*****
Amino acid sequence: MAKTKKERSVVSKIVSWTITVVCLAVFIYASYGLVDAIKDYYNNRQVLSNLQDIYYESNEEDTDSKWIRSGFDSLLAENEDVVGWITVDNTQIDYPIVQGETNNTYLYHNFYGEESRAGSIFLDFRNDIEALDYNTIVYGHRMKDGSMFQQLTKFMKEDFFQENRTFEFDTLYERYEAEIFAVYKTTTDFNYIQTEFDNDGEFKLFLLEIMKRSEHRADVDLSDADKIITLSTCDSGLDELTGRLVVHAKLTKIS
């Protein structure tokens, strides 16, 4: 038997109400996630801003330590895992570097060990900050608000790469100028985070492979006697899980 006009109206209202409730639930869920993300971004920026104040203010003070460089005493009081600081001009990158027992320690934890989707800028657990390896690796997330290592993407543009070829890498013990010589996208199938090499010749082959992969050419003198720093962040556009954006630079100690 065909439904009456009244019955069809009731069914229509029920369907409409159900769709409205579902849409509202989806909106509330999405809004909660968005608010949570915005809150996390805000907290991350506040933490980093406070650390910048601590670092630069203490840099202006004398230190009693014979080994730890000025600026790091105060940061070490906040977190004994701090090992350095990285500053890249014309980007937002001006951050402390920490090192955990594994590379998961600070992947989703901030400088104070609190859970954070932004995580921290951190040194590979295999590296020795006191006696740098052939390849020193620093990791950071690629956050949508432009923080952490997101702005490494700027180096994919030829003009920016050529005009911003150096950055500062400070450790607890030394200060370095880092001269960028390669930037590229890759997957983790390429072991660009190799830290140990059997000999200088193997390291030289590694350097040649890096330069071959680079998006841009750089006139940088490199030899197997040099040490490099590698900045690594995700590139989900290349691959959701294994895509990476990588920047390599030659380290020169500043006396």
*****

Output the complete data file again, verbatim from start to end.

Amino acid sequence: MAKTKKERSVVSKIVSWTITVVCLAVFIYASYGLVDAIKDYYNNRQVLSNLQDIYYESNEEDTDSKWIRSGFDSLLAENEDVVGWITVDNTQIDYPIVQGETNNTYLYHNFYGEESRAGSIFLDFRNDIEALDYNTIVYGHRMKDGSMFQQLTKFMKEDFFQENRTFEFDTLYERYEAEIFAVYKTTTDFNYIQTEFDNDGEFKLFLLEIMKRSEHRADVDLSDADKIITLSTCDSGLDELTGRLVVHAKLTKIS
């Protein structure tokens, strides 16, 4: 038997109400996630801003330590895992570097060990900050608000790469100028985070492979006697899980 006009109206209202409730639930869920993300971004920026104040203010003070460089005493009081600081001009990158027992320690934890989707800028657990390896690796997330290592993407543009070829890498013990010589996208199938090499010749082959992969050419003198720093962040556009954006630079100690 065909439904009456009244019955069809009731069914229509029920369907409409159900769709409205579902849409509202989806909106509330999405809004909660968005608010949570915005809150996390805000907290991350506040933490980093406070650390910048601590670092630069203490840099202006004398230190009693014979080994730890000025600026790091105060940061070490906040977190004994701090090992350095990285500053890249014309980007937002001006951050402390920490090192955990594994590379998961600070992947989703901030400088104070609190859970954070932004995580921290951190040194590979295999590296020795006191006696740098052939390849020193620093990791950071690629956050949508432009923080952490997101702005490494700027180096994919030829003009920016050529005009911003150096950055500062400070450790607890030394200060370095880092001269960028390669930037590229890759997957983790390429072991660009190799830290140990059997000999200088193997390291030289590694350097040649890096330069071959680079998006841009750089006139940088490199030899197997040099040490490099590698900045690594995700590139989900290349691959959701294994895509990476990588920047390599030659380290020169500043006396």